White House issues proclamation
The words have profound meaning: “White House issues proclamation.” As someone who played a role in White House proclamations when I led a division at the National Institutes of Health (NIH), I appreciate the soft power of the proclamation.
A proclamation does not make anyone do anything, but as persuasion, it can be a powerful force for good.
Last week’s White House Proclamation on Lesbian, Gay, Bisexual, Transgender, and Queer Pride Month put the weight of the office behind recognition of LGBTQ+ pride and called for solidarity:
The uprising at the Stonewall Inn in June, 1969, sparked a liberation movement — a call to action that continues to inspire us to live up to our Nation’s promise of equality, liberty, and justice for all. Pride is a time to recall the trials the Lesbian, Gay, Bisexual, Transgender, and Queer (LGBTQ+) community has endured and to rejoice in the triumphs of trailblazing individuals who have bravely fought — and continue to fight — for full equality. Pride is both a jubilant communal celebration of visibility and a personal celebration of self-worth and dignity. This Pride Month, we recognize the valuable contributions of LGBTQ+ individuals across America, and we reaffirm our commitment to standing in solidarity with LGBTQ+ Americans in their ongoing struggle against discrimination and injustice.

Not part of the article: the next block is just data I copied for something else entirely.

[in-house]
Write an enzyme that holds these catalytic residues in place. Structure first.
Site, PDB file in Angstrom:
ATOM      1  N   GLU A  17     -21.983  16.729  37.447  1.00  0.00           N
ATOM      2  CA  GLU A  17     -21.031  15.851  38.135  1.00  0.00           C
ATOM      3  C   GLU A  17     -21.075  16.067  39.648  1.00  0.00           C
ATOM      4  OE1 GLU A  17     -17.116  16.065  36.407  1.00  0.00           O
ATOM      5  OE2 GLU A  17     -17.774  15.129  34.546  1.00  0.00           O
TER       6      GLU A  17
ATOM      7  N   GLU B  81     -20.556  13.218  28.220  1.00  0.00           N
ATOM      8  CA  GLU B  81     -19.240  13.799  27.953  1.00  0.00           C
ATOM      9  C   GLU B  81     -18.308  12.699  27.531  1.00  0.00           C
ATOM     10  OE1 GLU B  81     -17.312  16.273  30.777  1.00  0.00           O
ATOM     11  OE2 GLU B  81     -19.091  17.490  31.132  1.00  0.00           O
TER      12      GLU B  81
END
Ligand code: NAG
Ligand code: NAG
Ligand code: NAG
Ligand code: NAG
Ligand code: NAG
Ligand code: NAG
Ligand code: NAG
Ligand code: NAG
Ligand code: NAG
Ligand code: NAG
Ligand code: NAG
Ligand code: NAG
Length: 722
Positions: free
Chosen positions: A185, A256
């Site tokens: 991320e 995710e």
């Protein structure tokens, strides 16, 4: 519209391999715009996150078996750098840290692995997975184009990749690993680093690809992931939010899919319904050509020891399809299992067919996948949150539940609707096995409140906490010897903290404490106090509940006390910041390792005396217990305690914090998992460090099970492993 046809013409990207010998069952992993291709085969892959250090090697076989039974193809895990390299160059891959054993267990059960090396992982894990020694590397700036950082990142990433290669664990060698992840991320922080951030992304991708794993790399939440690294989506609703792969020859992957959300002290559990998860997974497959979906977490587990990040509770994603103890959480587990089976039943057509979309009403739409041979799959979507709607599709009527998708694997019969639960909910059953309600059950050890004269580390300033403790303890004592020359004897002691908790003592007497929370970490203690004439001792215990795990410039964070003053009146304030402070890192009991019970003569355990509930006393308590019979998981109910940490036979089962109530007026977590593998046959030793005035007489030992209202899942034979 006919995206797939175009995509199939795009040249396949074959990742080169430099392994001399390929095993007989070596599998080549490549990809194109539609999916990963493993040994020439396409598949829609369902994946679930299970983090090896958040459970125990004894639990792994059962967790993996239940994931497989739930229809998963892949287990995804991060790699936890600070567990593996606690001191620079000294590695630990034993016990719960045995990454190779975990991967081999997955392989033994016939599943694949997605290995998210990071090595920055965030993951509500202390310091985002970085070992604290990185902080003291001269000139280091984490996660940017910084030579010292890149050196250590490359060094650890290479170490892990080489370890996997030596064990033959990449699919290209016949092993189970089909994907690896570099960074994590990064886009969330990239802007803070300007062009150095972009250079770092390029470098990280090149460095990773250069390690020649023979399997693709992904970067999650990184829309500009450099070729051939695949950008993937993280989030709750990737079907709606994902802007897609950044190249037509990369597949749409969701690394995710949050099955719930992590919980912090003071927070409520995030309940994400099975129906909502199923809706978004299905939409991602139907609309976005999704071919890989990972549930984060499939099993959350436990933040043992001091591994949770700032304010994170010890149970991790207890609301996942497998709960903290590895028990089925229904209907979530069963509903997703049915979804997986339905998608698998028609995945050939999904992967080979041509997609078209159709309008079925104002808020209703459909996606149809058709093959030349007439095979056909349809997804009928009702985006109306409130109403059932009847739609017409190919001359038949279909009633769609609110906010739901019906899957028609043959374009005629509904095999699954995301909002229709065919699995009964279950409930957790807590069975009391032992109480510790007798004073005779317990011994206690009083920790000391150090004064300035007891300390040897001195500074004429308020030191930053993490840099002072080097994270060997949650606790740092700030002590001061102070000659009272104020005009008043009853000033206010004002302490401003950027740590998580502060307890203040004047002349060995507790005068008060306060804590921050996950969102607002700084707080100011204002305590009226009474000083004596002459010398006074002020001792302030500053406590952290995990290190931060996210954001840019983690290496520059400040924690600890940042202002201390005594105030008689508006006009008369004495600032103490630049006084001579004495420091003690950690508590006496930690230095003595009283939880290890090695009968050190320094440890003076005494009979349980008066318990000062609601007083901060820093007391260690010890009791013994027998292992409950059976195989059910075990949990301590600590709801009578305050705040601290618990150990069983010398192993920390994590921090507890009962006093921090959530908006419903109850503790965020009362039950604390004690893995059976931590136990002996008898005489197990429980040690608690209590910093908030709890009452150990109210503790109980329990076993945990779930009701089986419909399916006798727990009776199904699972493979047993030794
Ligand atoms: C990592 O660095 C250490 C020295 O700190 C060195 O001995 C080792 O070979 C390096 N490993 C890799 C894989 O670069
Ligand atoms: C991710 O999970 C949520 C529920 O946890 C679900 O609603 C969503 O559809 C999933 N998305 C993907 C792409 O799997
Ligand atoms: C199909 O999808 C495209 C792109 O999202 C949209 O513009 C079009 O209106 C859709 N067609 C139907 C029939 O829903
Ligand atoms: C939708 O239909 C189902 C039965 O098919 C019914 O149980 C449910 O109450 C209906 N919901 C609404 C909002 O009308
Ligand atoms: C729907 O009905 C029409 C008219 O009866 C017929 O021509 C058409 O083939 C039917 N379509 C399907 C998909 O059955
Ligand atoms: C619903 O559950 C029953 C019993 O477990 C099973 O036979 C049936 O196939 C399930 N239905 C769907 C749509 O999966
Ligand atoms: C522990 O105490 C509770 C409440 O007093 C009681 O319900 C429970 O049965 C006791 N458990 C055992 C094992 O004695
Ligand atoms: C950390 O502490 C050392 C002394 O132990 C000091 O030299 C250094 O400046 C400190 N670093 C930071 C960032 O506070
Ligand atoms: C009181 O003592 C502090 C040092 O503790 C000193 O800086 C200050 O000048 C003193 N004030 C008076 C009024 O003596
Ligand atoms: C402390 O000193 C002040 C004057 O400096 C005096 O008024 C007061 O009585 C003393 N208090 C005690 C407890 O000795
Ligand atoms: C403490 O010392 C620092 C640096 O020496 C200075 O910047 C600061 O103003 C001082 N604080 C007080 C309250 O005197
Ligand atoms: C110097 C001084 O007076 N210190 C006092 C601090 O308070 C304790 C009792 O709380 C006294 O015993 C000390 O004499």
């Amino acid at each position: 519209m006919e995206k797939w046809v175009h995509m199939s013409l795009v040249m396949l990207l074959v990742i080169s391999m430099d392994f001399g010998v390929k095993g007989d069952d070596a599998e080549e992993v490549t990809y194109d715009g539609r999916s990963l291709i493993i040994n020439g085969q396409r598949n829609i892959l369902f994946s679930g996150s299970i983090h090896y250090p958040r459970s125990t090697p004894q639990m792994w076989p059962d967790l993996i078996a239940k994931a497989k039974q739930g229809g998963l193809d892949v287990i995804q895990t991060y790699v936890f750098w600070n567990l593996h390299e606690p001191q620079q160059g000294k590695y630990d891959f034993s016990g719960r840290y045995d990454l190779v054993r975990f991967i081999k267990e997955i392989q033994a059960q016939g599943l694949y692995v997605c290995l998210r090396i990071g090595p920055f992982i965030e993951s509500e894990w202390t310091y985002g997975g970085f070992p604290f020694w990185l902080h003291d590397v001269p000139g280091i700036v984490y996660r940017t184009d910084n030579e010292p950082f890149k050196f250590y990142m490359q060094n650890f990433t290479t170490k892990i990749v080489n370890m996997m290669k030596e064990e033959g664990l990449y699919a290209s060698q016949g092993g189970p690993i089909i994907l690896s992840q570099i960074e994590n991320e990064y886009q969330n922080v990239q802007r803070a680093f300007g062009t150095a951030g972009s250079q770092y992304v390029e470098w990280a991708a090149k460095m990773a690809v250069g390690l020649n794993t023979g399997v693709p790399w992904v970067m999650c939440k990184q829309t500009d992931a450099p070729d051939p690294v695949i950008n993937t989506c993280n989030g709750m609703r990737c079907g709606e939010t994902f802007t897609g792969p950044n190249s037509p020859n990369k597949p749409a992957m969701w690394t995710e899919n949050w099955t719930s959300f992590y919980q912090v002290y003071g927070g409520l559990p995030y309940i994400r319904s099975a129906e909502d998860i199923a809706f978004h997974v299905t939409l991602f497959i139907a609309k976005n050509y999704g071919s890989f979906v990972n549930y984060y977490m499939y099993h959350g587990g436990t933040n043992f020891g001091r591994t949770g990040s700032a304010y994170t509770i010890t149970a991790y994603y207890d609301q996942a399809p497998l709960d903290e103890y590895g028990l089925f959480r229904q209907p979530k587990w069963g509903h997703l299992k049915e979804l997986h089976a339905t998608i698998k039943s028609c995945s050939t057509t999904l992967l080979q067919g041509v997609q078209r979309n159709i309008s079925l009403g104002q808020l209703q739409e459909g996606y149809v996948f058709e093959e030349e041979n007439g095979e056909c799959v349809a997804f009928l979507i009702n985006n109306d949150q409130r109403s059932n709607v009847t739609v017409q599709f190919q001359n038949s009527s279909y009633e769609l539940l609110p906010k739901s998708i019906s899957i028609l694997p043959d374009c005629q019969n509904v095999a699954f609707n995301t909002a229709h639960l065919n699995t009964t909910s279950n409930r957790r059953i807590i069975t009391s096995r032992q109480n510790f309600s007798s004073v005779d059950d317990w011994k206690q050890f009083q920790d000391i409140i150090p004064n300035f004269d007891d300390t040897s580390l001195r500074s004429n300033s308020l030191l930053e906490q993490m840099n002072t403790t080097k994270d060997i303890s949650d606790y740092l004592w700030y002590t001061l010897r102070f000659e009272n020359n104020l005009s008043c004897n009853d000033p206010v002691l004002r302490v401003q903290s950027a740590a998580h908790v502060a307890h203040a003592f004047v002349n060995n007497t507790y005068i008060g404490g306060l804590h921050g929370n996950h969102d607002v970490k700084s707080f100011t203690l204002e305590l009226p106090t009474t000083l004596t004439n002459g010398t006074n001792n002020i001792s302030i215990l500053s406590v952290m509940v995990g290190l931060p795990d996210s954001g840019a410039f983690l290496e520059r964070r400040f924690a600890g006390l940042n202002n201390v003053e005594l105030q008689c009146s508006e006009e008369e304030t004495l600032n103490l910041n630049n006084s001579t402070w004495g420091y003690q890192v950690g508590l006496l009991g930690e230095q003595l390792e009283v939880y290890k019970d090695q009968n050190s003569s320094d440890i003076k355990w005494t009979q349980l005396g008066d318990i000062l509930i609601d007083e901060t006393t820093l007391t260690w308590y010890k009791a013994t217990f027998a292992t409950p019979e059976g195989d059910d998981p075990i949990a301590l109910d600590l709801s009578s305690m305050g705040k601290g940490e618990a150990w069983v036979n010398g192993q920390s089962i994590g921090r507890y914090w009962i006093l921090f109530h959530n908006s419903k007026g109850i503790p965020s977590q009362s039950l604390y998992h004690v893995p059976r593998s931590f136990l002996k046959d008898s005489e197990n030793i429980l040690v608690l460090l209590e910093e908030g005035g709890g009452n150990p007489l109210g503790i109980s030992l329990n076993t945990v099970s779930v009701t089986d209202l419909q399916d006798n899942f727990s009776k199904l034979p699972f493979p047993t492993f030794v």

North Carolina Governor Roy Cooper also issued a proclamation, which includes, among other statements, the commitment to continue to advocate for statewide protections for all LGBTQ+ individuals to make our state a place where all people – regardless of their sexual orientation, gender identity, or gender expression – are treated with dignity and respect. At Gillings, we celebrate our LGBTQ+ students and colleagues and are committed to act as allies to protect their rights as members of our community and larger communities beyond the School.